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Japan Earthquake and Tsunami Card Sort

Japan Earthquake and Tsunami Card Sort

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Published by Parkinson Alan
Produced by Jo Blackmore and kindly shared
Produced by Jo Blackmore and kindly shared

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Published by: Parkinson Alan on Mar 14, 2011
Copyright:Attribution Non-commercial


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Japan earthquake and tsunami card sort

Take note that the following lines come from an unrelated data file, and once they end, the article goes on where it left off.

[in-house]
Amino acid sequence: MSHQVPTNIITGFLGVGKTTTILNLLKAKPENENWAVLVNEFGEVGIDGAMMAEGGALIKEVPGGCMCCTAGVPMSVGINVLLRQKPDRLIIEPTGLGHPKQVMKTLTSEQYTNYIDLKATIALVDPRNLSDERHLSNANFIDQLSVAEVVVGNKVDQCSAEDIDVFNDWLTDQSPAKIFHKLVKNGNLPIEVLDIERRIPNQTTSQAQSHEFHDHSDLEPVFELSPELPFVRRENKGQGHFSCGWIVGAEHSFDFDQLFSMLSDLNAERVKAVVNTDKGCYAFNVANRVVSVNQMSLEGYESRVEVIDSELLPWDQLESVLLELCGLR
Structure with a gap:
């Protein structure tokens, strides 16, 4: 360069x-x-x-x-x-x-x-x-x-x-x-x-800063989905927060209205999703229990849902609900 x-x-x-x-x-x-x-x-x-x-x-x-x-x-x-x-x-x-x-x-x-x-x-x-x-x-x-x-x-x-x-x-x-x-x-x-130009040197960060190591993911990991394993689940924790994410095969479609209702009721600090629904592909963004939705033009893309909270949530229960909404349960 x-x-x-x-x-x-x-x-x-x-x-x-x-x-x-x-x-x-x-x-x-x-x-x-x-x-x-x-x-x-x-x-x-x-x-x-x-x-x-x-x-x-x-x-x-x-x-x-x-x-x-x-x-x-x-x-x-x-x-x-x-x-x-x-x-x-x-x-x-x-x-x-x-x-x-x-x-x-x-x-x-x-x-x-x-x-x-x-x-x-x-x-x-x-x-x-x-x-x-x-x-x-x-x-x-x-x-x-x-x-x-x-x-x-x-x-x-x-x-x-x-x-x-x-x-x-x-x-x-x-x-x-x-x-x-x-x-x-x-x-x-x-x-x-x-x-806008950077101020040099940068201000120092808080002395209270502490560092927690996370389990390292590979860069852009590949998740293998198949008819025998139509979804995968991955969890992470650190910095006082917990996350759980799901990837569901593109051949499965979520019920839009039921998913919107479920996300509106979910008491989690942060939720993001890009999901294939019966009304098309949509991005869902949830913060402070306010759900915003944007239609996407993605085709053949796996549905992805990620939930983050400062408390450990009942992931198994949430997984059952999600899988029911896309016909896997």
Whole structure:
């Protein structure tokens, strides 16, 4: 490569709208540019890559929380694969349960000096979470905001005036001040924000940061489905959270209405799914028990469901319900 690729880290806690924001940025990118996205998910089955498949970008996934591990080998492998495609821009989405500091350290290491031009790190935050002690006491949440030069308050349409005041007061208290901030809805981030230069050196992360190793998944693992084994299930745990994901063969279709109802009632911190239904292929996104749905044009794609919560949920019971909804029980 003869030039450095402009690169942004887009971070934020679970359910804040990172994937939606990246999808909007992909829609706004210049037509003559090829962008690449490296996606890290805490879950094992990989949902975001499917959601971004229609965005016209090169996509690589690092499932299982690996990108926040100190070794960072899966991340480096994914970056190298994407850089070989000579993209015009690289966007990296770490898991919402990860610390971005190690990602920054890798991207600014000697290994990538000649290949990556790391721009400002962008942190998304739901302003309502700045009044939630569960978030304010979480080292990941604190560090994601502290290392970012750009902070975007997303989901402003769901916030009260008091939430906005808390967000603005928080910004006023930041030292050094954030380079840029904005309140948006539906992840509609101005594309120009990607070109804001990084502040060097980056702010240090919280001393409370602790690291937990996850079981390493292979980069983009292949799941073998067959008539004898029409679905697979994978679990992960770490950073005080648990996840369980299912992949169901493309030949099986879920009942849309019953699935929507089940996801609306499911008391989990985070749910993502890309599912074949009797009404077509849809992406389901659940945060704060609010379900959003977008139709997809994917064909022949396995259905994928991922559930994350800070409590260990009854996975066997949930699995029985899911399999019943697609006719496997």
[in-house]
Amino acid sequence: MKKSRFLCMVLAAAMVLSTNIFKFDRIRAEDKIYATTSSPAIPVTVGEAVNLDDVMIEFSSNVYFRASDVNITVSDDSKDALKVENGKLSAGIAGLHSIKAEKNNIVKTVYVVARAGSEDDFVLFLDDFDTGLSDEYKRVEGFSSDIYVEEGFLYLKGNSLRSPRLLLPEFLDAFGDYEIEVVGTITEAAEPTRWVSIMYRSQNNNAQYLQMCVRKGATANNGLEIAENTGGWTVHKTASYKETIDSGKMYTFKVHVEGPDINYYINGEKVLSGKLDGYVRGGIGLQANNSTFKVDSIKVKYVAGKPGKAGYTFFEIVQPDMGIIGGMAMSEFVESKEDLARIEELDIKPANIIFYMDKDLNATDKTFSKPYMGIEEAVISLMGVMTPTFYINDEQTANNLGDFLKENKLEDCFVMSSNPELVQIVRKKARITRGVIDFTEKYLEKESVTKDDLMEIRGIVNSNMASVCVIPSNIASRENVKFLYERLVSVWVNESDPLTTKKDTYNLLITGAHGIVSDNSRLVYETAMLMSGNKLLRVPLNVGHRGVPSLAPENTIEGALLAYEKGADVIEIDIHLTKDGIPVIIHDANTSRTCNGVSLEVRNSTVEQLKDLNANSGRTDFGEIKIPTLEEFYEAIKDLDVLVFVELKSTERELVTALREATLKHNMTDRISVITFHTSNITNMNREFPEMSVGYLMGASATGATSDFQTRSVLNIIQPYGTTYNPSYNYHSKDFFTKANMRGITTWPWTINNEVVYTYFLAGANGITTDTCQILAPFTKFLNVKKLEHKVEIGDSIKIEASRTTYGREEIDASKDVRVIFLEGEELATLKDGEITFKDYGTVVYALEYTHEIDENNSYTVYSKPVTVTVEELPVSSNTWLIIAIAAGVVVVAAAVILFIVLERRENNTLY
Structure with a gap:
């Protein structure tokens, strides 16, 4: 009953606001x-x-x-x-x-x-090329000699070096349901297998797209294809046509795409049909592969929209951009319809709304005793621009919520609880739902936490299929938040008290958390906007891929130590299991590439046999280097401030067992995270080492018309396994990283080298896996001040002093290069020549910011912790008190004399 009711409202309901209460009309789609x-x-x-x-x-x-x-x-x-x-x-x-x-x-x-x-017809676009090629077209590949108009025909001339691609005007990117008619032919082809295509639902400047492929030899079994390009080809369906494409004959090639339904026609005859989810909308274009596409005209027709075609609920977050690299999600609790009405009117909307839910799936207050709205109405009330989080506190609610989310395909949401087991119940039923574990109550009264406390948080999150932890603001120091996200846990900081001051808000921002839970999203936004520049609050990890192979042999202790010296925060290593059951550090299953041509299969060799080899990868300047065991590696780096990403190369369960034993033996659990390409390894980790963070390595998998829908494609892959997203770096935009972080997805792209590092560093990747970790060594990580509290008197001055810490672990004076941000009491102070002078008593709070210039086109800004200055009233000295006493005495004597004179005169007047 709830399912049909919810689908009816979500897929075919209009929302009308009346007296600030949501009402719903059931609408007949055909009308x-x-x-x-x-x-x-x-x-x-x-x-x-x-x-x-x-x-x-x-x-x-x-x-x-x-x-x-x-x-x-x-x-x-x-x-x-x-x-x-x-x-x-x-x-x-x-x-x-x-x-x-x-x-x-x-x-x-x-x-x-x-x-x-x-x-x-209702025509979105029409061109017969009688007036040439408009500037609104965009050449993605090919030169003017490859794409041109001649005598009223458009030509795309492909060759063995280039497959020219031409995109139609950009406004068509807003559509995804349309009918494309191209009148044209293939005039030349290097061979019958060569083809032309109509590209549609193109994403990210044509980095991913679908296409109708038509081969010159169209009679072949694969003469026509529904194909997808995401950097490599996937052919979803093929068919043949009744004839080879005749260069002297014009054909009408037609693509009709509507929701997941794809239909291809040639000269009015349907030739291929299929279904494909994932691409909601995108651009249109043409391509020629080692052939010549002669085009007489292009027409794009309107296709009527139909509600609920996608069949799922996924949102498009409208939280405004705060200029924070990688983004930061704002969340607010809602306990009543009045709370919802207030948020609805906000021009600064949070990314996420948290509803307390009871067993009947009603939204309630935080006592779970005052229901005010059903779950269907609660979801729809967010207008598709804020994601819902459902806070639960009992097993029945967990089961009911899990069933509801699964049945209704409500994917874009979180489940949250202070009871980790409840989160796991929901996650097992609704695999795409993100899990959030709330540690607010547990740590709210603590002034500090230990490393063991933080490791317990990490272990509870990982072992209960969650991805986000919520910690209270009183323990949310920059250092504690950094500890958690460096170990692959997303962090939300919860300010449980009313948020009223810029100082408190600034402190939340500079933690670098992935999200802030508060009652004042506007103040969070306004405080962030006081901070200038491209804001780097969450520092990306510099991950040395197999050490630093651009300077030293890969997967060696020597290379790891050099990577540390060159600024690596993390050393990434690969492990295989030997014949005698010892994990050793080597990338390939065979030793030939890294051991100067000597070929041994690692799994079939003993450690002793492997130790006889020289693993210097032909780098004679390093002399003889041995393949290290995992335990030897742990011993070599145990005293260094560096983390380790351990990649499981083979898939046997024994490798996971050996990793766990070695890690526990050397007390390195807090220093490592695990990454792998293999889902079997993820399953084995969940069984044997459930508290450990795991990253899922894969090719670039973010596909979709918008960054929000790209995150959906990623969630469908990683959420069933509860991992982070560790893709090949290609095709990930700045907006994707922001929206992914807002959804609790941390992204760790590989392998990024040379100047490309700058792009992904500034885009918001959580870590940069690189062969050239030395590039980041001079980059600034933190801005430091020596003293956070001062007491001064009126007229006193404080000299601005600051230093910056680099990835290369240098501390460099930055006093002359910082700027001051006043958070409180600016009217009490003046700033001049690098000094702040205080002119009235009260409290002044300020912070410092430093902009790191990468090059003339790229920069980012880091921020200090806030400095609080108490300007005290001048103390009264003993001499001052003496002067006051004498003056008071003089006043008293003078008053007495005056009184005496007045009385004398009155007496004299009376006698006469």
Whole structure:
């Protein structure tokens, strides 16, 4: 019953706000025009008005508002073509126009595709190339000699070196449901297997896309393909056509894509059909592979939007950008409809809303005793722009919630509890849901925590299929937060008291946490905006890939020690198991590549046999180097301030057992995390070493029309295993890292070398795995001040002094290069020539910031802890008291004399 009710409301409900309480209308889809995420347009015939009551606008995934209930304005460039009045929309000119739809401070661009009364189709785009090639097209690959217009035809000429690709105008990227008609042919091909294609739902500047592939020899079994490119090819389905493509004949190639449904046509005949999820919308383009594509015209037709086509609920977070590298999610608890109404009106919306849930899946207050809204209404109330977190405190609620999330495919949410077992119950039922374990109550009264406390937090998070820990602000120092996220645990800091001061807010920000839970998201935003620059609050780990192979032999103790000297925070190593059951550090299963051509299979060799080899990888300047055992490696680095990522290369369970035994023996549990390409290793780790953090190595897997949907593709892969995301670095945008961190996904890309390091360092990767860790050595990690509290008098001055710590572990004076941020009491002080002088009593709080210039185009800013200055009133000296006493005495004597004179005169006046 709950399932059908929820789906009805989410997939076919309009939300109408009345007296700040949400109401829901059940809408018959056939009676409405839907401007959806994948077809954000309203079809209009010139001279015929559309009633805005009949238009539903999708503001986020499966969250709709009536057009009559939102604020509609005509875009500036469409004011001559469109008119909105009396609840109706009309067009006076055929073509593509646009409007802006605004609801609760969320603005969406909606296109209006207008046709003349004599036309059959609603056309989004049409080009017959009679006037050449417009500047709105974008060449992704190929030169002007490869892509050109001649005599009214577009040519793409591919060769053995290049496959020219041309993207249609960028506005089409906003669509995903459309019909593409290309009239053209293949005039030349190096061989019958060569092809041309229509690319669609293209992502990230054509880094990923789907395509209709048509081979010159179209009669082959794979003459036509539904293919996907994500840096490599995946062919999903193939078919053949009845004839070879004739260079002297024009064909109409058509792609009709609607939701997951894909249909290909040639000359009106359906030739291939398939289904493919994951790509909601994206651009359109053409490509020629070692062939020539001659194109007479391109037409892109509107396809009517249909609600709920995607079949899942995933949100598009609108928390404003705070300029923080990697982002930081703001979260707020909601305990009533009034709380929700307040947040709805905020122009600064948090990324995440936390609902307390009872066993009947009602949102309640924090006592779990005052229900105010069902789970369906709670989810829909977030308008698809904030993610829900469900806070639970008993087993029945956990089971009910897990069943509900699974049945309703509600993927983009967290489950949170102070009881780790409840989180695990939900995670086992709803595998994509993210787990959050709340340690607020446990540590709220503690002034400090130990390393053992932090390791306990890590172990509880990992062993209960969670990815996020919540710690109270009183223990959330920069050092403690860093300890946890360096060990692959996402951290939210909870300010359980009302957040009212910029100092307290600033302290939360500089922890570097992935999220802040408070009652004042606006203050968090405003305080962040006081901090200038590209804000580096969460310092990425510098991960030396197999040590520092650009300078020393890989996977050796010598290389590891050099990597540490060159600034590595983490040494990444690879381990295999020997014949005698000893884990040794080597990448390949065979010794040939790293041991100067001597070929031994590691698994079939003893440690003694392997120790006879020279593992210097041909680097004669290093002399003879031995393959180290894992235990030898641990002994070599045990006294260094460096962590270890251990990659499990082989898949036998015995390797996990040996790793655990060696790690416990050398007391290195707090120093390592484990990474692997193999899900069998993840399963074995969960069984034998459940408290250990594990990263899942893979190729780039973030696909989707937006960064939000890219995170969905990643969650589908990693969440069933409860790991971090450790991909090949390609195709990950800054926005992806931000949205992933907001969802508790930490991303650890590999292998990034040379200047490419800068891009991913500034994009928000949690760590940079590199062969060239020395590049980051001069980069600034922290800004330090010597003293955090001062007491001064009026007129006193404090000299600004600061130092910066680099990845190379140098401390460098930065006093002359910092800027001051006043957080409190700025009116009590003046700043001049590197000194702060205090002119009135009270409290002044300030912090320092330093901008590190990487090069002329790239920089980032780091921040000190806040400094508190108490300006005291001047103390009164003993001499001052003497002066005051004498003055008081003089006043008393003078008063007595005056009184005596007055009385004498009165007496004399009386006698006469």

The country’s ownmeteorological agency revisedits reading of the Friday quakefrom 8.8 to 9.0. The U.S.Geological Survey said thequake was an 8.9-magnitude.The area of fault thatruptured was actually small,within a length between 300and 400 km. In comparison,the magnitude 9.1 Sumatraearthquake in 2004 brokealong an area of fault 1,300km long.Japan's economy, which lostits place as world's No. 2 toChina last year, was already ina fragile state. It has beenailing for 20 years, barelymanaging to grow in-betweenslowdowns, saddled by amassive public debt.62 landslides have beenreported.Nuclear power stations weredisabled and two reactors atone plant are threateningmeltdown.Nissan said the tsunamidamaged 1,300 vehicles boundfor the USA.Experts say that a largenumber of people in affectedareas would suffer from acuteradiation syndrome and therewould be a rise in specifictypes of cancers and stillbirthsif a full meltdown occurred.A building at a troubledJapanese nuclear powerfacility collapsed Saturdayafternoon with smokebillowing out, and officialsresponded by expanding theevacuation perimeter to a 20-kilometer radius and sayingthey were preparing tostockpile iodine.Rolling blackouts would occurin the regions covered by twomajor power companies. Evenbusinesses in Tokyo are beingasked to limit their powerusage and turn off their neonlights. The planned blackoutswould be a first for modernJapan.Officials now believe at least10,000 people were killed inthe magnitude 9.0 earthquakeand following 10-metre hightsunami.More than 300,000 peoplefrom stricken areas andaround the threatened nuclearplants have been evacuated.In the Wakabayashi ward ofSendai, 200 to 300 bodieswere recently found onbeachesLocal governments have beenunable to account for tens ofthousands of people, and atleast 20,820 buildings havebeen fully or partiallydamaged in quake-hit areas.Along hundreds of miles ofJapan’s northeast coastline,entire towns are swamped andconcern is increasing amongsurvivors and aid workersabout dwindling supplies.Tens of billions of dollars willbe needed to rebuild homes,roads and other infrastructure— requiring public spendingthat will add to the nationaldebt.More than 1 million people arewithout water or power andtowns have been wiped off themap.Damage and disruption wasaggravated by more than 100powerful aftershocks in thehours after the first jolt.Almost 2 million householdswere without power in thefreezing north, according toKyodo News Agency, and about1.4 million were withoutrunning water.Power company officials sayhydrogen gas has also beenbuilding up inside the reactorbuilding at the No. 3 reactor.They have vented some of thegas, but fear that could leadto an explosion similar to theone that destroyed thebuilding at reactor No. 1.The hard-hit northeast ofJapan is a major centre for carproduction, complete with amyriad of parts suppliers and anetwork of roads and ports forefficient shipments.A sixty-year-old man has had amiraculous escape after beingswept nine miles out to sea bythe tsunami in Japan.Hiromitsu Shinkawa wasdiscovered clinging to the roofof his house two days after thedisaster struck

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